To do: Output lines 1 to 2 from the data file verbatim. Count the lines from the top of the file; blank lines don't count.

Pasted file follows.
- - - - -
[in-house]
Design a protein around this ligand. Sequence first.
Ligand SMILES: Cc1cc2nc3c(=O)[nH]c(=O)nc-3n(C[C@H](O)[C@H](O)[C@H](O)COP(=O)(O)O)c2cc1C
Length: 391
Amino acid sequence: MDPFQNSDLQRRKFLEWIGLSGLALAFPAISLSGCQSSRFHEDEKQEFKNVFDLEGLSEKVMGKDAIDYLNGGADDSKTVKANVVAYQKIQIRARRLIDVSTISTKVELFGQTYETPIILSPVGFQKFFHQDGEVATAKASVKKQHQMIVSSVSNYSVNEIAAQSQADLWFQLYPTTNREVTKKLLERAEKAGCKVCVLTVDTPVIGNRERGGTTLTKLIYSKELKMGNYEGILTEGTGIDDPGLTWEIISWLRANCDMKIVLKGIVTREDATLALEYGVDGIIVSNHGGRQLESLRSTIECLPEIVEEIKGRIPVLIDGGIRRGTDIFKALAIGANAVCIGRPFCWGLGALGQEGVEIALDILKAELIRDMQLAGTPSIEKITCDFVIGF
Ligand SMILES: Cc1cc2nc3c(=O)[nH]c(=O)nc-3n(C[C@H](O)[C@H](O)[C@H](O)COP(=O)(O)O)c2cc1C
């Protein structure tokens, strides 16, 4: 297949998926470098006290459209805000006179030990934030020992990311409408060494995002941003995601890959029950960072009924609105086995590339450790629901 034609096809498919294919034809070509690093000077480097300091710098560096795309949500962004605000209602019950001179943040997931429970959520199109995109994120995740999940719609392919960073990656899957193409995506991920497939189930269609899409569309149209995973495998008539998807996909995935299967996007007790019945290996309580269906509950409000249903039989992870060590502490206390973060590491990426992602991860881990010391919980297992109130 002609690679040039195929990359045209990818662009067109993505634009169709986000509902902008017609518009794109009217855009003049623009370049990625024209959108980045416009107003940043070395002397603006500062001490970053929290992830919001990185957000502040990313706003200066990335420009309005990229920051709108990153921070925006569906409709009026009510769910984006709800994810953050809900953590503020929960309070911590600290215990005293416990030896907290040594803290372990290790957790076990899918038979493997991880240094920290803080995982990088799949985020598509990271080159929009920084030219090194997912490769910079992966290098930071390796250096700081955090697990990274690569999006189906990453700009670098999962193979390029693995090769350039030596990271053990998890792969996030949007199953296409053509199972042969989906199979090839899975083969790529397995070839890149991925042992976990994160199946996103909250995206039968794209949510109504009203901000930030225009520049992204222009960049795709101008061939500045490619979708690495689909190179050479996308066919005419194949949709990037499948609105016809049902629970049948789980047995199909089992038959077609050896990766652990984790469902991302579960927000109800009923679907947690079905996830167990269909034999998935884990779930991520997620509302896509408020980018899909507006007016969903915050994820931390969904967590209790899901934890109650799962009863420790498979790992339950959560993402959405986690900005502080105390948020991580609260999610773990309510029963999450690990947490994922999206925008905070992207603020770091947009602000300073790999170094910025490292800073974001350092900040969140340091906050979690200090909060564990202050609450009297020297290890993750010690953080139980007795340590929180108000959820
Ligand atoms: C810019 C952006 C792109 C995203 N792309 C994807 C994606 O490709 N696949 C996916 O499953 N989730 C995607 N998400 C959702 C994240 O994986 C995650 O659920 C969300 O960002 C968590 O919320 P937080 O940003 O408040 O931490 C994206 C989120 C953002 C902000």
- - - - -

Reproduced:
[in-house]
Design a protein around this ligand. Sequence first.